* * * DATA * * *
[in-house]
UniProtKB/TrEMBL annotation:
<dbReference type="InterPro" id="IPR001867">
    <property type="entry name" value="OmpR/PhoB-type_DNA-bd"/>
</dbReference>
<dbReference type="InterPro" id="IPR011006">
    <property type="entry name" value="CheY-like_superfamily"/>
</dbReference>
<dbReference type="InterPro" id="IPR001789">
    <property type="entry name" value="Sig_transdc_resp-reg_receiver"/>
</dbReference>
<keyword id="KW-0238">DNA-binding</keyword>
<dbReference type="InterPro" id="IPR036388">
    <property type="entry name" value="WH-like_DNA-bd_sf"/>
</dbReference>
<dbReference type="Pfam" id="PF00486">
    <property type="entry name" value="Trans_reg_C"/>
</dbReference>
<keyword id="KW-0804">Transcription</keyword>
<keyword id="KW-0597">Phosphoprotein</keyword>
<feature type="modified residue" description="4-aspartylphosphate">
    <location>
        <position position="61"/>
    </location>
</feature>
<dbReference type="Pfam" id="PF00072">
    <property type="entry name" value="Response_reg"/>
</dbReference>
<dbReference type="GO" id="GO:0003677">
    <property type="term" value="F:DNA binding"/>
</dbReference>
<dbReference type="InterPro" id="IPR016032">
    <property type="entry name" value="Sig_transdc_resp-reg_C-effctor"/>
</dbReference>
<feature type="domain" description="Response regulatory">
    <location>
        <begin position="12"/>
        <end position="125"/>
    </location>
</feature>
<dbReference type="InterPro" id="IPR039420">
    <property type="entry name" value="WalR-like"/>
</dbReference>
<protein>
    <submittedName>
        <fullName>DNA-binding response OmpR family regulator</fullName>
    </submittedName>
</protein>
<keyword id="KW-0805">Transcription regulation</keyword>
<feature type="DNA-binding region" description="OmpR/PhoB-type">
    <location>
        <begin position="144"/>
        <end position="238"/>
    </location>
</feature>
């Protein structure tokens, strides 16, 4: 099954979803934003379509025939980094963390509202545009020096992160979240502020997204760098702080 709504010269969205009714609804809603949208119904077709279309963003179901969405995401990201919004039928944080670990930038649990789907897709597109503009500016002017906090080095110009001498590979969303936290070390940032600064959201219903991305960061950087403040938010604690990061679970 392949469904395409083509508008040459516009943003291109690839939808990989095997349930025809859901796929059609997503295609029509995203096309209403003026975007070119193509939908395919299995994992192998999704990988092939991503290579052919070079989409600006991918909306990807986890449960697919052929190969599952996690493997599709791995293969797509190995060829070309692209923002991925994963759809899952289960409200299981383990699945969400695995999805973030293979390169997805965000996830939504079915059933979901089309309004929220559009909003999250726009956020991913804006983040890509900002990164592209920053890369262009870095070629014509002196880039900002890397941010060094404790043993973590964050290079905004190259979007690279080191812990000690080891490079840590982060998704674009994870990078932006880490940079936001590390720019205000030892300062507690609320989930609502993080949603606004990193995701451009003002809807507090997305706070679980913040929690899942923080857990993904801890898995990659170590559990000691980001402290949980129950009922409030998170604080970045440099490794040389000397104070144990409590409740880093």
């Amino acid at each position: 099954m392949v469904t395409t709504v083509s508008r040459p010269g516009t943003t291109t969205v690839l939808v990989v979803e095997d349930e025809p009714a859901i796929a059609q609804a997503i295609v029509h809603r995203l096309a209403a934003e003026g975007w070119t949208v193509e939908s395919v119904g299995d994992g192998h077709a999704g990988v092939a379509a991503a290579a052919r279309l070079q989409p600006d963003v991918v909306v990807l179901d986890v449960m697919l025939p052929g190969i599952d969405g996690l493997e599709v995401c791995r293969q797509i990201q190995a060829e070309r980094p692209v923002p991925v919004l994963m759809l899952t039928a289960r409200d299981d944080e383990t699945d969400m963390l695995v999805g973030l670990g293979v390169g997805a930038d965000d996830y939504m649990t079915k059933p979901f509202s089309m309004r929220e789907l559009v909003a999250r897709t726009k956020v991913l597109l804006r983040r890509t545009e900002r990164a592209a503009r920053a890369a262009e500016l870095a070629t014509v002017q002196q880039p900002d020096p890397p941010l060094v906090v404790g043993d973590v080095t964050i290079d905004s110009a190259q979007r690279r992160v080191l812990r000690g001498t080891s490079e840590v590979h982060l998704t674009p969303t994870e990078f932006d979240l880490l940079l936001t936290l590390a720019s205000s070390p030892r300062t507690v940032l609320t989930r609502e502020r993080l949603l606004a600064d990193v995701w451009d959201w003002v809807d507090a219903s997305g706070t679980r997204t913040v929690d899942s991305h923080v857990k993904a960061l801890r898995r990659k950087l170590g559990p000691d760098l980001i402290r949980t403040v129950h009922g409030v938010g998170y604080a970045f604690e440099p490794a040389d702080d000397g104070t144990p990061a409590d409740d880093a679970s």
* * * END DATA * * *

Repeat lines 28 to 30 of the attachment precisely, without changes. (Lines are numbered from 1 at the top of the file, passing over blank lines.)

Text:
</dbReference>
<dbReference type="GO" id="GO:0003677">
    <property type="term" value="F:DNA binding"/>